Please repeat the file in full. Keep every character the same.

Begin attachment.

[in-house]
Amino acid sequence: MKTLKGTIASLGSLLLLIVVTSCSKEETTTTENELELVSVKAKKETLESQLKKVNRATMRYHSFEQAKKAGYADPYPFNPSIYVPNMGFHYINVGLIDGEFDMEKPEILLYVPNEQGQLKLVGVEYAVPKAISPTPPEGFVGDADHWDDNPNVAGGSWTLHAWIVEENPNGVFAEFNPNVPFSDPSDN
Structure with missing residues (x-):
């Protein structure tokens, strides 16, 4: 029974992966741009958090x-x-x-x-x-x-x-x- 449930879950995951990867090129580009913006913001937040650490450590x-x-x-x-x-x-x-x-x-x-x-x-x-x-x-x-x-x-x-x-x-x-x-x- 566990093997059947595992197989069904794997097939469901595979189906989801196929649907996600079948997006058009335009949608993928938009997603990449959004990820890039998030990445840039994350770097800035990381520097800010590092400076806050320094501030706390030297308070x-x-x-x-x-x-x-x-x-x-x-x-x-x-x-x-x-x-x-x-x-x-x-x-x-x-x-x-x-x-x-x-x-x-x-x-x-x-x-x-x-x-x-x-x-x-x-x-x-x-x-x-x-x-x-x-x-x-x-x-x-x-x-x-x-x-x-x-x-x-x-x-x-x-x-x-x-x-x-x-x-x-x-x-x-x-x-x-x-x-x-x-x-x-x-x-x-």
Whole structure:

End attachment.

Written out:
[in-house]
Amino acid sequence: MKTLKGTIASLGSLLLLIVVTSCSKEETTTTENELELVSVKAKKETLESQLKKVNRATMRYHSFEQAKKAGYADPYPFNPSIYVPNMGFHYINVGLIDGEFDMEKPEILLYVPNEQGQLKLVGVEYAVPKAISPTPPEGFVGDADHWDDNPNVAGGSWTLHAWIVEENPNGVFAEFNPNVPFSDPSDN
Structure with missing residues (x-):
């Protein structure tokens, strides 16, 4: 029974992966741009958090x-x-x-x-x-x-x-x- 449930879950995951990867090129580009913006913001937040650490450590x-x-x-x-x-x-x-x-x-x-x-x-x-x-x-x-x-x-x-x-x-x-x-x- 566990093997059947595992197989069904794997097939469901595979189906989801196929649907996600079948997006058009335009949608993928938009997603990449959004990820890039998030990445840039994350770097800035990381520097800010590092400076806050320094501030706390030297308070x-x-x-x-x-x-x-x-x-x-x-x-x-x-x-x-x-x-x-x-x-x-x-x-x-x-x-x-x-x-x-x-x-x-x-x-x-x-x-x-x-x-x-x-x-x-x-x-x-x-x-x-x-x-x-x-x-x-x-x-x-x-x-x-x-x-x-x-x-x-x-x-x-x-x-x-x-x-x-x-x-x-x-x-x-x-x-x-x-x-x-x-x-x-x-x-x-």
Whole structure: